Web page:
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Long and winding road

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Modern Gas Station

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Drumming in Saclepea

 

SACLEPEA  ........  Not many people found a reason to stop in Saclepea.  I wouldn't have if it were not that several of my best Peace Corps friends lived there.   And, since it was about halfway between Monrovia and Zwedru, I stopped there whenever I traveled the long and winding road.  Three hundred miles of travel in America wouldn't need to be broken in half.  But, travel in Liberia was an entirely different story.  And, Saclepea was my home away from home.

It didn't take much of an excuse for me to hit the road.  Sometimes it was just the fact that gasoline had come to town and that surplus needed to be enjoyed.  And then, there was my job of collecting Liberian folk tales.   I had to go to Saclepea -- or anywhere else -- as a part of my research.  Of course, there was that little rule (which was completely and shamelessly ignored) that said Peace Corps volunteers should only travel twenty miles from home on a motorcycle.   I modified it to multiples of twenty.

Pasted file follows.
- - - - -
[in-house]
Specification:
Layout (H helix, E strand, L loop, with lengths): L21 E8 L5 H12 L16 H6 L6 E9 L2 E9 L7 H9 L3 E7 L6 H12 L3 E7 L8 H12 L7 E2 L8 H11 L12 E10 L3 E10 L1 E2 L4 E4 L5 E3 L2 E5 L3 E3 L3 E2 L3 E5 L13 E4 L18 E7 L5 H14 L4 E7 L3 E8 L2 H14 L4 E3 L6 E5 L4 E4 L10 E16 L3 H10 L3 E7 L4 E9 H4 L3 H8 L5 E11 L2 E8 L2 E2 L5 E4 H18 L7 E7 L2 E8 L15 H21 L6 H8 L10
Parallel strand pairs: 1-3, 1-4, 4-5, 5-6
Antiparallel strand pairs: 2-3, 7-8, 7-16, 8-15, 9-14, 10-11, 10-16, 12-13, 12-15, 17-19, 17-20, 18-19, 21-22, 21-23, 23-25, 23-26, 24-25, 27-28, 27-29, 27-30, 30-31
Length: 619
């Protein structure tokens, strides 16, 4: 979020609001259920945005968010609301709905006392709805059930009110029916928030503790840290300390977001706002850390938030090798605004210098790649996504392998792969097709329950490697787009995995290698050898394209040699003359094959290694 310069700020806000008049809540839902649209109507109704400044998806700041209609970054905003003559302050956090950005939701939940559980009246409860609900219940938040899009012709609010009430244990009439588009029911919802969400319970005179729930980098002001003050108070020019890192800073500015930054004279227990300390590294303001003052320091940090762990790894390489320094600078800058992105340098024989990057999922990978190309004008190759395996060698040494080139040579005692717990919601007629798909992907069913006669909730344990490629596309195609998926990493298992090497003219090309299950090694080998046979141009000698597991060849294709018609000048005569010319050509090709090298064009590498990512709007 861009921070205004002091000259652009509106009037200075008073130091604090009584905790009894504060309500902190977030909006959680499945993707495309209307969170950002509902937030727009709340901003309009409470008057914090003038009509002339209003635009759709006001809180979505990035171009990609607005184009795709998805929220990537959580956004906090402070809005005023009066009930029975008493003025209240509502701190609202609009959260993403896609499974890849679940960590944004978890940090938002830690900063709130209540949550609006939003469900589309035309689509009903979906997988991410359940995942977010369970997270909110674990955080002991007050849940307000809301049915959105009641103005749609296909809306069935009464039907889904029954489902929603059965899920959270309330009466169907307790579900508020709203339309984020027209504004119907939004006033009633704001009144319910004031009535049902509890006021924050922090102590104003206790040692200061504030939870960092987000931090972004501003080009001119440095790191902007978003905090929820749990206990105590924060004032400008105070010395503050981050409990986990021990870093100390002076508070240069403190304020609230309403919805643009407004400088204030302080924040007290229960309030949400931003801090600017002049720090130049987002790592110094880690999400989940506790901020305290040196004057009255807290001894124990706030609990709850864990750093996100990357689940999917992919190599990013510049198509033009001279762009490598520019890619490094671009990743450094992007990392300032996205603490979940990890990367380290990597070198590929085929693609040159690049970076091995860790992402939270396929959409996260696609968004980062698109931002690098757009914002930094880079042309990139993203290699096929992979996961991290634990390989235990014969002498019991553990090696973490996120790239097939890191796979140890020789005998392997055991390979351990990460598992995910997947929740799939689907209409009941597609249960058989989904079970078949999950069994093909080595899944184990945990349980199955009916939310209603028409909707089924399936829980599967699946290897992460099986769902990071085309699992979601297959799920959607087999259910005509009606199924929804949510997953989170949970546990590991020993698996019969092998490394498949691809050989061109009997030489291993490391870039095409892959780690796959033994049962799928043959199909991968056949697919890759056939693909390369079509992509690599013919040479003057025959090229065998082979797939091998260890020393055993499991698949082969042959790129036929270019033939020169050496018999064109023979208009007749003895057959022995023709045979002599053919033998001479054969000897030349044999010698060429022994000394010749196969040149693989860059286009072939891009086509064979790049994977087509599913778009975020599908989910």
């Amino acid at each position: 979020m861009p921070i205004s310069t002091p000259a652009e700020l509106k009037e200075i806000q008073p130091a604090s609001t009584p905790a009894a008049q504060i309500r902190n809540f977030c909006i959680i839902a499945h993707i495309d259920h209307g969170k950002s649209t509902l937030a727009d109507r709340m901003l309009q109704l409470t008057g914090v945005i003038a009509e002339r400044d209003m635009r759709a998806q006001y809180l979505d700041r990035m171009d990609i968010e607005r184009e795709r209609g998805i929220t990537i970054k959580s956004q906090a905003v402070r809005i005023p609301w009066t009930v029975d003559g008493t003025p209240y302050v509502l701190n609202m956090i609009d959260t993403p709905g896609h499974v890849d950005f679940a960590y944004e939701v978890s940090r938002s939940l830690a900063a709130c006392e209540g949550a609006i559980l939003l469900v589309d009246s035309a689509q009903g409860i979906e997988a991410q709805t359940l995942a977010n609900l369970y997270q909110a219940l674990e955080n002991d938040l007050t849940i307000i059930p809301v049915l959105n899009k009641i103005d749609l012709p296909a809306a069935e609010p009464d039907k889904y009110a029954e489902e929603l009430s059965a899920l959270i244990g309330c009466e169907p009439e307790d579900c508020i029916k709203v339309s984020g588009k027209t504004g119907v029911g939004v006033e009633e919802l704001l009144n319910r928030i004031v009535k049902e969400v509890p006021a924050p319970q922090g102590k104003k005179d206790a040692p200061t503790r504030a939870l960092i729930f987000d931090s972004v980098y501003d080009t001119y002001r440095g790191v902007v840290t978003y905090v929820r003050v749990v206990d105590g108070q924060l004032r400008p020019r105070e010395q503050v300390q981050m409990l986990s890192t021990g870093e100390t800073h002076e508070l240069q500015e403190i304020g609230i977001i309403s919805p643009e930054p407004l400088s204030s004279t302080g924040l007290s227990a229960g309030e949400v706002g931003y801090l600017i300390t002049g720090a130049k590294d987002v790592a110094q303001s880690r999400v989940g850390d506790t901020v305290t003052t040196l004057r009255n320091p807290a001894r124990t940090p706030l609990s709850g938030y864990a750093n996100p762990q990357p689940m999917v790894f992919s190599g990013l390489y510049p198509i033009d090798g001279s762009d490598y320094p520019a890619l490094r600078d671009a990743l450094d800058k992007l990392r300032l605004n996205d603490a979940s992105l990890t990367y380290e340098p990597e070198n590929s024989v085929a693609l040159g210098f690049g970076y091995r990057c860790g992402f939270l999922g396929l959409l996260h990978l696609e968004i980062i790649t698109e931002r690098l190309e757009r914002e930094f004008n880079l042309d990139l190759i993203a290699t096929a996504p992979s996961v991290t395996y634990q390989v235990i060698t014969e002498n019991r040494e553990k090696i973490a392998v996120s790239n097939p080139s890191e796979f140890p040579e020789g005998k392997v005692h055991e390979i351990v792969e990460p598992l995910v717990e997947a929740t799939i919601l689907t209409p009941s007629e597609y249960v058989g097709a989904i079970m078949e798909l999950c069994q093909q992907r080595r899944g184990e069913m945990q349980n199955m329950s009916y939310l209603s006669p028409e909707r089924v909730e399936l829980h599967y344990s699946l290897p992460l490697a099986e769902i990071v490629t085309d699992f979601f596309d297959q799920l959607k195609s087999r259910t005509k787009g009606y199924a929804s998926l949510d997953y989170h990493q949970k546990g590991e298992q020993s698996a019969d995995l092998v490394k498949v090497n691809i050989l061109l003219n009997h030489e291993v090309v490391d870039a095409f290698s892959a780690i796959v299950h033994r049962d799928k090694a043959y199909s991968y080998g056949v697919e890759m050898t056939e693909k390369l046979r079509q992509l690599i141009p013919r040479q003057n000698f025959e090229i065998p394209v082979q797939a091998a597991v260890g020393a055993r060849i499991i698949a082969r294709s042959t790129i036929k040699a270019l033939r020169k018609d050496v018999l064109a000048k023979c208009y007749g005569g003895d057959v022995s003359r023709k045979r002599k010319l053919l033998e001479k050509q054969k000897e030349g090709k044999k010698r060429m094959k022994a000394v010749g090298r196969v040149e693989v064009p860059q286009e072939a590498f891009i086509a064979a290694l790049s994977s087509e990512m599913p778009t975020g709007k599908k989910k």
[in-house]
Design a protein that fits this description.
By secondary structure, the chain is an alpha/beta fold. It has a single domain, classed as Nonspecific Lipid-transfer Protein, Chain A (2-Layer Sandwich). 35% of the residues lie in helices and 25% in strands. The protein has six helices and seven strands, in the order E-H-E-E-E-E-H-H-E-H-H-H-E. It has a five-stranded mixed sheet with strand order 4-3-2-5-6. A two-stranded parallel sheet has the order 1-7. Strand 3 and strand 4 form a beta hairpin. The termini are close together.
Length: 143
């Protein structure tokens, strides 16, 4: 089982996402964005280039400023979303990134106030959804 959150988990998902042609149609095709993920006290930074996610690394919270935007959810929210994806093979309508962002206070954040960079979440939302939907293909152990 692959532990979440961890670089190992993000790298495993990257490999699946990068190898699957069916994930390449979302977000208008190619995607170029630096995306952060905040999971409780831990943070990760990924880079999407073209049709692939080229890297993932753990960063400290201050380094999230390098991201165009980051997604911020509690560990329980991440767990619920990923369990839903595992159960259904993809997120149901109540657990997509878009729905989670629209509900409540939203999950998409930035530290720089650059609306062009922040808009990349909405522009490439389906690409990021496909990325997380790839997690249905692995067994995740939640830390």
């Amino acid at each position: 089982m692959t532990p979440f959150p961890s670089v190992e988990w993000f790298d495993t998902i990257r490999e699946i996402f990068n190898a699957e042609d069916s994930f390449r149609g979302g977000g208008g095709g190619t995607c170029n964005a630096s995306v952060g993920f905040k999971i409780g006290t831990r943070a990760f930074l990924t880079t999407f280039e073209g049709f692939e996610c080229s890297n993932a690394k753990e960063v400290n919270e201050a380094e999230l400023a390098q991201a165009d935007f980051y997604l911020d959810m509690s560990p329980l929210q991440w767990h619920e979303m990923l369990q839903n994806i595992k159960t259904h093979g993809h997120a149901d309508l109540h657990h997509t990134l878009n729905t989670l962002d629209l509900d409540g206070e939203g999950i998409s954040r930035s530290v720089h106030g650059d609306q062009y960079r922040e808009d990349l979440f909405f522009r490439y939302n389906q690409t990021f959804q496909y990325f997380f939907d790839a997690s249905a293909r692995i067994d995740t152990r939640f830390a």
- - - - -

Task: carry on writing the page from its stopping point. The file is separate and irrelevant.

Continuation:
A few volunteers helped support an interesting little industry in Saclepea -- drum making.  I went out of town to watch Augustus cut a log with a cutlass.  He whacked away at the log and it was cut as smoothly as if a saw were used.  Next we hollowed the log.  I helped some, but I quickly blistered.  Another Liberian said it would take me a month to complete the drum.   I smiled and politely told him I'd be leaving town on Thursday.   He was welcome to return on Friday.

After hollowing, we shaped the outside with a cutlass.   Then, we scraped a ten inch circle of goat skin, soaked in water, and stretched it over the drum.  It took a long while for the skin to dry and then get tied down on the drum.  

MARTIN
Copyright 1999 by Phillip Martin All rights reserved.